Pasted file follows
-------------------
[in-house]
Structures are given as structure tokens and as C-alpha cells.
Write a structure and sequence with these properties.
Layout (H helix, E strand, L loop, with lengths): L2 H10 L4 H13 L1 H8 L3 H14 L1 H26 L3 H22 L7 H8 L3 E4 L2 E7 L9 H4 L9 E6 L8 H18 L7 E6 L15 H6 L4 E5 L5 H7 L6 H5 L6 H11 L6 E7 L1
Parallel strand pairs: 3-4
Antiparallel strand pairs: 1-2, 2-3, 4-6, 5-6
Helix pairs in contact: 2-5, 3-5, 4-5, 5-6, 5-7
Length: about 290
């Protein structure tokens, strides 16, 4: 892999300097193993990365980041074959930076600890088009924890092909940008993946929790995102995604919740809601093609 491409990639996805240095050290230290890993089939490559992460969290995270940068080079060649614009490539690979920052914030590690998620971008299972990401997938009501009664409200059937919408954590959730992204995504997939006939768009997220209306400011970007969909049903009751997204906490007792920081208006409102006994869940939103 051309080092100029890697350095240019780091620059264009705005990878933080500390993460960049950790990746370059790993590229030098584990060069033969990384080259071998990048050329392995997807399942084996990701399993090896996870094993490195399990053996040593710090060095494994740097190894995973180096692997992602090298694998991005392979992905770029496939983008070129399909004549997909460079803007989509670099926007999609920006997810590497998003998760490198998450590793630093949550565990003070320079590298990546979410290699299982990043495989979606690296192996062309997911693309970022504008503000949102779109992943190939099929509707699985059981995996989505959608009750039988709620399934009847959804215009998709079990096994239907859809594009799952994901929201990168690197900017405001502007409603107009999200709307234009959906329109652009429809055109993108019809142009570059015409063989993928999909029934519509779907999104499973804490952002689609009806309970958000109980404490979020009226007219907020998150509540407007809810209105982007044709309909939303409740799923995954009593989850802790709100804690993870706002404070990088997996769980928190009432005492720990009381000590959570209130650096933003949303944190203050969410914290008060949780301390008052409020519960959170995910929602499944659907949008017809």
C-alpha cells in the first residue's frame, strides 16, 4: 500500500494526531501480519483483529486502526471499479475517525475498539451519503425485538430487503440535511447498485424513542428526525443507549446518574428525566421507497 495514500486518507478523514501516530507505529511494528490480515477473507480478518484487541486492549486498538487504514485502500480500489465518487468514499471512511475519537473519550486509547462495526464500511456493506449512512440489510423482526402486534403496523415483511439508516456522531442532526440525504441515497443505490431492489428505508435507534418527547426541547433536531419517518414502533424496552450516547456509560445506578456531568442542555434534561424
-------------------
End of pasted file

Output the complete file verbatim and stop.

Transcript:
[in-house]
Structures are given as structure tokens and as C-alpha cells.
Write a structure and sequence with these properties.
Layout (H helix, E strand, L loop, with lengths): L2 H10 L4 H13 L1 H8 L3 H14 L1 H26 L3 H22 L7 H8 L3 E4 L2 E7 L9 H4 L9 E6 L8 H18 L7 E6 L15 H6 L4 E5 L5 H7 L6 H5 L6 H11 L6 E7 L1
Parallel strand pairs: 3-4
Antiparallel strand pairs: 1-2, 2-3, 4-6, 5-6
Helix pairs in contact: 2-5, 3-5, 4-5, 5-6, 5-7
Length: about 290
């Protein structure tokens, strides 16, 4: 892999300097193993990365980041074959930076600890088009924890092909940008993946929790995102995604919740809601093609 491409990639996805240095050290230290890993089939490559992460969290995270940068080079060649614009490539690979920052914030590690998620971008299972990401997938009501009664409200059937919408954590959730992204995504997939006939768009997220209306400011970007969909049903009751997204906490007792920081208006409102006994869940939103 051309080092100029890697350095240019780091620059264009705005990878933080500390993460960049950790990746370059790993590229030098584990060069033969990384080259071998990048050329392995997807399942084996990701399993090896996870094993490195399990053996040593710090060095494994740097190894995973180096692997992602090298694998991005392979992905770029496939983008070129399909004549997909460079803007989509670099926007999609920006997810590497998003998760490198998450590793630093949550565990003070320079590298990546979410290699299982990043495989979606690296192996062309997911693309970022504008503000949102779109992943190939099929509707699985059981995996989505959608009750039988709620399934009847959804215009998709079990096994239907859809594009799952994901929201990168690197900017405001502007409603107009999200709307234009959906329109652009429809055109993108019809142009570059015409063989993928999909029934519509779907999104499973804490952002689609009806309970958000109980404490979020009226007219907020998150509540407007809810209105982007044709309909939303409740799923995954009593989850802790709100804690993870706002404070990088997996769980928190009432005492720990009381000590959570209130650096933003949303944190203050969410914290008060949780301390008052409020519960959170995910929602499944659907949008017809």
C-alpha cells in the first residue's frame, strides 16, 4: 500500500494526531501480519483483529486502526471499479475517525475498539451519503425485538430487503440535511447498485424513542428526525443507549446518574428525566421507497 495514500486518507478523514501516530507505529511494528490480515477473507480478518484487541486492549486498538487504514485502500480500489465518487468514499471512511475519537473519550486509547462495526464500511456493506449512512440489510423482526402486534403496523415483511439508516456522531442532526440525504441515497443505490431492489428505508435507534418527547426541547433536531419517518414502533424496552450516547456509560445506578456531568442542555434534561424